Many of the world’s largest food producers are currently dumping thousands of gallons of raw milk, plowing millions of pounds of vegetables back into the earth and smashing hundreds of thousands of unhatched eggs in the face of the growing coronavirus pandemic each week.
Despite much concern about the security of global food systems, industrial farmers are destroying millions of pounds of fresh food items weekly to maintain food security.
Food security, according to the Food and Agricultural Organization of the United Nations, exists when “all people, at all times, have physical and economic access to sufficient, safe and nutritious foods to meet their dietary needs and enable an active and healthy life”.
Food security is the outcome of large-scale production processes that aim to ensure that affordable food resources are widely available and accessible in the global food system.
A major consequence of these processes, however, is that it places the continuous generation of profits over efforts to protect the social and economic welfare of all populations.
At a time of widespread uncertainty about the future of global food systems, the growing embrace of food security to re-orient local production, distribution and consumption processes appears counterproductive.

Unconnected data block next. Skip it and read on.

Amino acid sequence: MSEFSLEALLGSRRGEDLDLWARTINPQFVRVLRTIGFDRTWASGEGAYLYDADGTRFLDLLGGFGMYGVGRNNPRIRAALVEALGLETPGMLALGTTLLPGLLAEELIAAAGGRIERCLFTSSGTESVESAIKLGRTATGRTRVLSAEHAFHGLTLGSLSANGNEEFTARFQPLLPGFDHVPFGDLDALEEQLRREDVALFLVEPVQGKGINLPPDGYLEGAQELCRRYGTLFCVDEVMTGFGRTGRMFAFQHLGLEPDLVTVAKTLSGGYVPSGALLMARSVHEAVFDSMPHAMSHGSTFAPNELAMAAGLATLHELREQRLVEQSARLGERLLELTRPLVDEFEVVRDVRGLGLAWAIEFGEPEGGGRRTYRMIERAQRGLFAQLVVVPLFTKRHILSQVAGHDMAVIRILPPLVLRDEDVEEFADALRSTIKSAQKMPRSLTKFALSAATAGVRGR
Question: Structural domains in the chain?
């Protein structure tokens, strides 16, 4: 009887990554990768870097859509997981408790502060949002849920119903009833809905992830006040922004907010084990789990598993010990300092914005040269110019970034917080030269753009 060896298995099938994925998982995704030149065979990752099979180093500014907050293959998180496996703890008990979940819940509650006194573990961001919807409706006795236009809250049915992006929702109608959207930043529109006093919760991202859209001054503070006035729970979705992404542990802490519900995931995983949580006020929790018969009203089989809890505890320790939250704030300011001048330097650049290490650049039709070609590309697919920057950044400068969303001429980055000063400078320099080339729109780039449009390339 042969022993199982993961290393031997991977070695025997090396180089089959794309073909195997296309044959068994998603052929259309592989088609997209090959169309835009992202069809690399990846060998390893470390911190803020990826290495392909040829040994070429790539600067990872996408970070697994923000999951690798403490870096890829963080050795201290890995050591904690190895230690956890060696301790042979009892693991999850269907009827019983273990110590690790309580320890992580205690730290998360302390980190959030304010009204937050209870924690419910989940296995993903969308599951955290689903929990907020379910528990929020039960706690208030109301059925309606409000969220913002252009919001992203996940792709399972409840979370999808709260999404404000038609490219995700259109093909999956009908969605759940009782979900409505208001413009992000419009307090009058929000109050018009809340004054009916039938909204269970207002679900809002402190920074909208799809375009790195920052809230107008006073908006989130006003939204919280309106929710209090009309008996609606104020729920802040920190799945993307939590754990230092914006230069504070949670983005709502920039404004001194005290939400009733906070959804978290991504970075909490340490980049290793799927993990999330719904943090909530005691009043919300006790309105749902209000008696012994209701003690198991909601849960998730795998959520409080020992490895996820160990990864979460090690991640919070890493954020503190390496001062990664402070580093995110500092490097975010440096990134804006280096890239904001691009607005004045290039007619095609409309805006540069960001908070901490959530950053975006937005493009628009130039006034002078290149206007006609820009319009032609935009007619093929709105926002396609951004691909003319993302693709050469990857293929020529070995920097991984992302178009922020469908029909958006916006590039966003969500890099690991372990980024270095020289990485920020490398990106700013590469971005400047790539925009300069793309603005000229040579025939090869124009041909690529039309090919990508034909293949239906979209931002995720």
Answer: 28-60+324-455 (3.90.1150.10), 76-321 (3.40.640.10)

Efforts to expand market systems, when the economic fallout from the COVID-19 pandemic is eroding the capacity for consumers to support them, is likely to prove ineffective to a looming food crisis.
For small, open Caribbean economies, a market-based approach to food security is problematic because it places an increasing burden of debt on countries that are struggling to grow after decades of heavy borrowing.
New burdens of debt are the outcome of state efforts to aggressively scale-up domestic farming systems through processes that are intensive in the use of capital.
Such burdens are an existential threat, in terms of challenges to governance, because it systemically undermines the viability of the social, economic, ecological and political systems across these sovereign states.
Caribbean island states, then, are merely reproducing the cycles of public debt that enable external powers to control local processes of development by means of financial leverage.
It is in this vein that small, open economies should move away from food security and towards food sovereignty.
Food sovereignty is an alternative framework for thinking of the security and sustainability of local and regional food systems.
It focuses on preserving a people’s right to decide on how food is produced, traded and consumed in their communities.
In placing subsistence farmers at the center of food production, distribution and consumption processes, food sovereignty disrupts longstanding patterns of dependence on industrial forms of agriculture for food security.
Food sovereignty recognizes subsistence farming as a way of life where connections to the land are key to agricultural advancements.
It is through the use of land for subsistence agriculture that food sovereignty re-orients the production, distribution and consumption processes of local and regional food systems over the long-term.